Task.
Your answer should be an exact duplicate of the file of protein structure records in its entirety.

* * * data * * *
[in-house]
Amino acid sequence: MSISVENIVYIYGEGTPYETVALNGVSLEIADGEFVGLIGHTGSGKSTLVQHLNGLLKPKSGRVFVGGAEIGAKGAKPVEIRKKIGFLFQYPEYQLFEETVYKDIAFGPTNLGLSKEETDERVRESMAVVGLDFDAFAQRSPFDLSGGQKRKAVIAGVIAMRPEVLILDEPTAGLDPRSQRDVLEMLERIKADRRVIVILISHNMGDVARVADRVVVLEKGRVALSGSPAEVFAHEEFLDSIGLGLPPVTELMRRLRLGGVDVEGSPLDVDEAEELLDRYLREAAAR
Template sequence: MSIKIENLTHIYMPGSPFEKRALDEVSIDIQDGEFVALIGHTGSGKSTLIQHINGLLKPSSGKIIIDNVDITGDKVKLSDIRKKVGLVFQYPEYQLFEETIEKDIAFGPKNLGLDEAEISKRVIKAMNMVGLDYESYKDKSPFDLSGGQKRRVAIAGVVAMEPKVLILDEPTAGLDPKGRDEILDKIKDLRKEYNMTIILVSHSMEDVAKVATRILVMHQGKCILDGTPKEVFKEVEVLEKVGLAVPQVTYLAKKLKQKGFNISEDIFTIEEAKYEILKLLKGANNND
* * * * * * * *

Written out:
[in-house]
Amino acid sequence: MSISVENIVYIYGEGTPYETVALNGVSLEIADGEFVGLIGHTGSGKSTLVQHLNGLLKPKSGRVFVGGAEIGAKGAKPVEIRKKIGFLFQYPEYQLFEETVYKDIAFGPTNLGLSKEETDERVRESMAVVGLDFDAFAQRSPFDLSGGQKRKAVIAGVIAMRPEVLILDEPTAGLDPRSQRDVLEMLERIKADRRVIVILISHNMGDVARVADRVVVLEKGRVALSGSPAEVFAHEEFLDSIGLGLPPVTELMRRLRLGGVDVEGSPLDVDEAEELLDRYLREAAAR
Template sequence: MSIKIENLTHIYMPGSPFEKRALDEVSIDIQDGEFVALIGHTGSGKSTLIQHINGLLKPSSGKIIIDNVDITGDKVKLSDIRKKVGLVFQYPEYQLFEETIEKDIAFGPKNLGLDEAEISKRVIKAMNMVGLDYESYKDKSPFDLSGGQKRRVAIAGVVAMEPKVLILDEPTAGLDPKGRDEILDKIKDLRKEYNMTIILVSHSMEDVAKVATRILVMHQGKCILDGTPKEVFKEVEVLEKVGLAVPQVTYLAKKLKQKGFNISEDIFTIEEAKYEILKLLKGANNND